Even as Ohio children enjoy their summer vacation, educational experts say it’s important they find the time to sharpen their reading skills.
Janet Ingraham Dwyer, library consultant for the State Library of Ohio, says studies have confirmed that learning loss in the summer months can result in kids having to play catch-up at school in the fall.
“If a child is not engaging - with particularly reading, and other literacy activities - those skills are going to slip from lack of practice,” says Dwyer.
That loss, or “summer slide,” can be prevented through daily reading. Dwyer notes that summer reading programs are a great option to get children excited about reading, and libraries across the state offer programs that combine educational and fun activities for kids of all ages.
For children who are reluctant to read, Dwyer suggests allowing them to choose books on topics that interest them. Comic books, graphic novels and read-along audio books are good options for those who aren’t strong readers.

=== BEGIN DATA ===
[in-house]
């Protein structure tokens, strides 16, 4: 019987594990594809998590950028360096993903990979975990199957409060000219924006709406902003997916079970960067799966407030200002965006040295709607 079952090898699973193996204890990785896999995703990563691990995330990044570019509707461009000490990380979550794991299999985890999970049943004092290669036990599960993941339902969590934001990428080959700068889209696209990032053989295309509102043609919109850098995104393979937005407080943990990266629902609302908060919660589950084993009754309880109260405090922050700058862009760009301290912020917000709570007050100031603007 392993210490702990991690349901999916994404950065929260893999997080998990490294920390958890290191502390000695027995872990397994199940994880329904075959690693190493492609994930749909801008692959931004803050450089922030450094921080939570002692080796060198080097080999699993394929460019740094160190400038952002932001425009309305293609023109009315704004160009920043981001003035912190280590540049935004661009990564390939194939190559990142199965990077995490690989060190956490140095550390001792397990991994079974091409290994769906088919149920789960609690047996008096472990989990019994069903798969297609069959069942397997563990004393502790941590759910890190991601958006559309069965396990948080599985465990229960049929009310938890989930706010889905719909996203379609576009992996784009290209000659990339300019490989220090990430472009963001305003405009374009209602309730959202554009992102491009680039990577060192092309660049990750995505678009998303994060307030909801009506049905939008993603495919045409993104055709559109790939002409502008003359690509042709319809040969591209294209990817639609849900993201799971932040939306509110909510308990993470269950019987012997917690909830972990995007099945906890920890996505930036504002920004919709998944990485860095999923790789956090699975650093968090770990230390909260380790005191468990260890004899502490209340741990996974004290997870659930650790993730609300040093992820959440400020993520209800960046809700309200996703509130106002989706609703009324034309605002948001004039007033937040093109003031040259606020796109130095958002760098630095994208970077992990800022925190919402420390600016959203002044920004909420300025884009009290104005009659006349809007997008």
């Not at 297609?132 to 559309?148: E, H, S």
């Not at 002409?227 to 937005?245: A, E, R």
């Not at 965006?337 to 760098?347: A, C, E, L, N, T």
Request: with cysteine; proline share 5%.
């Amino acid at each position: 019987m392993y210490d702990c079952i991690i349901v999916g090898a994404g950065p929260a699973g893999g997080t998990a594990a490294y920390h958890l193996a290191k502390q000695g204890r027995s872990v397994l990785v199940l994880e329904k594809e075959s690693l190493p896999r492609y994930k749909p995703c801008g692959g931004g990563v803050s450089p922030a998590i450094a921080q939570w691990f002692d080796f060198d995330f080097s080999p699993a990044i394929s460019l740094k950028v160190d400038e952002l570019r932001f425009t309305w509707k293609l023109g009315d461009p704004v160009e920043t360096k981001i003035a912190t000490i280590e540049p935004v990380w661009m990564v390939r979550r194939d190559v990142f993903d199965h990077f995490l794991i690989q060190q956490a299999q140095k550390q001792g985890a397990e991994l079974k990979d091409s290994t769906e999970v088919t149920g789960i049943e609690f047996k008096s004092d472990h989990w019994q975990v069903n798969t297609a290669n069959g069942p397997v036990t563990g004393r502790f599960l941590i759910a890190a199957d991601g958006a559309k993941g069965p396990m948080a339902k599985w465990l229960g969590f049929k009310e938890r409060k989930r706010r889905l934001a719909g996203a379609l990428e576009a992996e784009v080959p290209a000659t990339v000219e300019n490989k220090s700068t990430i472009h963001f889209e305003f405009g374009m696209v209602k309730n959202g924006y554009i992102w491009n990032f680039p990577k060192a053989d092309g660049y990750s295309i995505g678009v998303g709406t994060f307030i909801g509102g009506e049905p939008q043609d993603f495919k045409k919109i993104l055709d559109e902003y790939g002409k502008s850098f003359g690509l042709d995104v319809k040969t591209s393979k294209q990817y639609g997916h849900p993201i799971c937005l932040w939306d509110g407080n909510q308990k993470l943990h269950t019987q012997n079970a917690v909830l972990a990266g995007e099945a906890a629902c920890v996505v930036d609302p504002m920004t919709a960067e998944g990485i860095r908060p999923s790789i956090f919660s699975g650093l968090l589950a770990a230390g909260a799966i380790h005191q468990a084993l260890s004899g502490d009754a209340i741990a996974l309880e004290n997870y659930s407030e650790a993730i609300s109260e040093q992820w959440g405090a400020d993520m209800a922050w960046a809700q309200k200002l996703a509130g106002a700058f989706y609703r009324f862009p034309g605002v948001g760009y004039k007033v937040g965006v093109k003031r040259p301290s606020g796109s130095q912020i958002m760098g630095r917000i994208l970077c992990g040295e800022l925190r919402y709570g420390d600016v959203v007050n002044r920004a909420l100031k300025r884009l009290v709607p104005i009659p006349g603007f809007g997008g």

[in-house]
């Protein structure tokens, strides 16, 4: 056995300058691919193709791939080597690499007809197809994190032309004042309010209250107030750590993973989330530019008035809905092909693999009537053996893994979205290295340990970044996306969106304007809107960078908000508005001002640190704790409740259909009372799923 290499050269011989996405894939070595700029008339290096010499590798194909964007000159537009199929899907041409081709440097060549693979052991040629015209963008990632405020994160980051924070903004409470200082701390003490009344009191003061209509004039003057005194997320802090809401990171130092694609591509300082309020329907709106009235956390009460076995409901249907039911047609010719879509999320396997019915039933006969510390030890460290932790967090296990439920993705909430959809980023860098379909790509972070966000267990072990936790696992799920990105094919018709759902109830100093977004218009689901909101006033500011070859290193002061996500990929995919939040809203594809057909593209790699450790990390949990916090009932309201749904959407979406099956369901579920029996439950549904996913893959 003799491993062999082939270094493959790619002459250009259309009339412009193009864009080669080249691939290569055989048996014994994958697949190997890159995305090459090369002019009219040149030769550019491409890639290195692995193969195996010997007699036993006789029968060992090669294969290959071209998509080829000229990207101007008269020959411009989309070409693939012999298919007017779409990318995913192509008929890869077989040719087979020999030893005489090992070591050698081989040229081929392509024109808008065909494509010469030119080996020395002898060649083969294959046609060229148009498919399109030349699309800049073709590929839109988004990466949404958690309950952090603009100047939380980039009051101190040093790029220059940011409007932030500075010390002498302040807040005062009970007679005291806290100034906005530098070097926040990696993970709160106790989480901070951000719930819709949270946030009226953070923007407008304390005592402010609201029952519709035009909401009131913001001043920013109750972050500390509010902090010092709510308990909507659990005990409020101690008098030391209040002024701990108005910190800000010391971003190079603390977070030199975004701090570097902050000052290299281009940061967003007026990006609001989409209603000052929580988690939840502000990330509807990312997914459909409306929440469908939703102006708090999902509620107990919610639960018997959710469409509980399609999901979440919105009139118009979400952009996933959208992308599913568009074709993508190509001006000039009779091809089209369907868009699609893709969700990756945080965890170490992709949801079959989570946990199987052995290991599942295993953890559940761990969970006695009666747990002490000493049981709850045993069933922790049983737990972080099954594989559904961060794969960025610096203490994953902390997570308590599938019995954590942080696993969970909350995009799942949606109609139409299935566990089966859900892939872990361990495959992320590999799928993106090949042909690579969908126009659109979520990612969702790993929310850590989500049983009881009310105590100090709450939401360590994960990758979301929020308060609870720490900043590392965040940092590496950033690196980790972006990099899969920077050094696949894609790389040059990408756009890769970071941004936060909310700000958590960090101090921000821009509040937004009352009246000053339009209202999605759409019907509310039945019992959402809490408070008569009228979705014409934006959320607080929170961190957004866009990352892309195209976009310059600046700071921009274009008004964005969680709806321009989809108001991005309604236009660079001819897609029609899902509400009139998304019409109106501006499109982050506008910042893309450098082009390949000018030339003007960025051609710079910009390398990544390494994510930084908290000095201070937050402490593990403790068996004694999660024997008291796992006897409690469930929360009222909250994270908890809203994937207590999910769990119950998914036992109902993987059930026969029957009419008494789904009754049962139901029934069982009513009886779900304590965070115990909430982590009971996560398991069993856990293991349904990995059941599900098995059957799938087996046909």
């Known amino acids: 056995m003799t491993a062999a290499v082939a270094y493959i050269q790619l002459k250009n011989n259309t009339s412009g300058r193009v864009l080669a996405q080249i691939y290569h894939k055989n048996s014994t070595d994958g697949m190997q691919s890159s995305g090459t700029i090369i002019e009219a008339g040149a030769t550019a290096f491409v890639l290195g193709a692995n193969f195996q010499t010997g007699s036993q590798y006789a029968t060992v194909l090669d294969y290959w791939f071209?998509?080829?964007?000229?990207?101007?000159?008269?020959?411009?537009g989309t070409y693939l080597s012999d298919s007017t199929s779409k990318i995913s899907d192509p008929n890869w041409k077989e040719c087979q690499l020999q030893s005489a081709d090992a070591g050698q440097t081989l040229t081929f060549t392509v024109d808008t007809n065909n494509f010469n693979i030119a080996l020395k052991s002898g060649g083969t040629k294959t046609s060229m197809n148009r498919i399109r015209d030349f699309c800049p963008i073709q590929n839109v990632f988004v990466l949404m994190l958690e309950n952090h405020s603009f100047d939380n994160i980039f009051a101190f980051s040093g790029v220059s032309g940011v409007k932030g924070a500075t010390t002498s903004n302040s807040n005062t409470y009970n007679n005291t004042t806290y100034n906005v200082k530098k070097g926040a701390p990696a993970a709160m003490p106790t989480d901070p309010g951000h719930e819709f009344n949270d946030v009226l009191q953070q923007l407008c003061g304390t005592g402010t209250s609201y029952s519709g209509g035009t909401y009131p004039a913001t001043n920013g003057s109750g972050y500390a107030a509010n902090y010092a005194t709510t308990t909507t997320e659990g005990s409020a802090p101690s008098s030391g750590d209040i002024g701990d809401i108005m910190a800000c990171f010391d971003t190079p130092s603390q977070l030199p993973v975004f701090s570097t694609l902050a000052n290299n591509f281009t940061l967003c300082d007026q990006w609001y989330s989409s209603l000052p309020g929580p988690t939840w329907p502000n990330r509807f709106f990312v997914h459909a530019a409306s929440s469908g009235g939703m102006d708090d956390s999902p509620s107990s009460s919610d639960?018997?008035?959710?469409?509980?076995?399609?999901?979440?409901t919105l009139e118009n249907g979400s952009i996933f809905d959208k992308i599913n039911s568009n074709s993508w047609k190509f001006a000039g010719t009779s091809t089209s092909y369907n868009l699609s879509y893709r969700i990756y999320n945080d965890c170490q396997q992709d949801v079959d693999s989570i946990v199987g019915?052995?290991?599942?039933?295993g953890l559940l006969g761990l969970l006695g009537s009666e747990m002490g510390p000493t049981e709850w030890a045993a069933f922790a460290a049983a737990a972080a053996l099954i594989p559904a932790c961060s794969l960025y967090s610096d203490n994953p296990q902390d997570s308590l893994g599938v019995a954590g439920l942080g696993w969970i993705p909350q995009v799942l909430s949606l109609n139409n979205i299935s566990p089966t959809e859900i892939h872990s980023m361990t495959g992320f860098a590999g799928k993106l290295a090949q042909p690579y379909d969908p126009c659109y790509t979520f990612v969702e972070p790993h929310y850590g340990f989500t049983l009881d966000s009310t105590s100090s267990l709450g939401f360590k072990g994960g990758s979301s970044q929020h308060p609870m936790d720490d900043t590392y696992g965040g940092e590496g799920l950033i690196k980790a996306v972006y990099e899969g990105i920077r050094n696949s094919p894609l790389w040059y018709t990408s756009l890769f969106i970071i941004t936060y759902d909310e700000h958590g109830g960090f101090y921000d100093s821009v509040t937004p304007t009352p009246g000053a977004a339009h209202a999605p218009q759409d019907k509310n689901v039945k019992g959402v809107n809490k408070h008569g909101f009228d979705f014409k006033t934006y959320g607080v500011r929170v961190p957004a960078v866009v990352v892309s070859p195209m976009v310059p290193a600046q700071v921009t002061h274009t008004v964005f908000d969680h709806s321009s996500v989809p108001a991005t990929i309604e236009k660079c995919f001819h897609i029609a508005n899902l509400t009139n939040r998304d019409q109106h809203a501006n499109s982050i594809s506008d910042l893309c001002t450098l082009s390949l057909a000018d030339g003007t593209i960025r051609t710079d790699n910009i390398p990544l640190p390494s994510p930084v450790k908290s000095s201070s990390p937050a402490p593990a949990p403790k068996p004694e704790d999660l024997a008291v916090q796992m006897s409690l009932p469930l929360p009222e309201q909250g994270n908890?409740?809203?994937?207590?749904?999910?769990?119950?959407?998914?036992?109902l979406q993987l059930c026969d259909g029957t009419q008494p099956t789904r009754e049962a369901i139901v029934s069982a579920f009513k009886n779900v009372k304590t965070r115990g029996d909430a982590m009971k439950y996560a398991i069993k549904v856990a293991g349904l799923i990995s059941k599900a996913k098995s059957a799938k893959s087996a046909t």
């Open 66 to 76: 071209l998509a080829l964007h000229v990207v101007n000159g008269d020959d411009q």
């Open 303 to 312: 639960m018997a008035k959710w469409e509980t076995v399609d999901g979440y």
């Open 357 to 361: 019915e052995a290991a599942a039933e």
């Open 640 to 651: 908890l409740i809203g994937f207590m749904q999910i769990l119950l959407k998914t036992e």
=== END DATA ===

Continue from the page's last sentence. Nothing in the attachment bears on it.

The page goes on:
Above all, she says, reading should not be considered a chore.
“Reading for pleasure is such an important and profound experience,” says Dwyer. “The more a child likes to read and enjoys reading, and sees reading as an intrinsically satisfying and rewarding activity, the more that child is going to read.”
Parents can set good examples by reading themselves, or sitting down and enjoying a book with their child, she added.
A recent survey of 1,000 parents found only one in three reads with their child every night, and half said their children spend more time with TV or video games than books.
“The more that reading is a natural and normal part of what takes place in the family and in the household, the more in general the children, particularly younger children, will engage with it - because they are modeling what their parents do,” Dwyer says.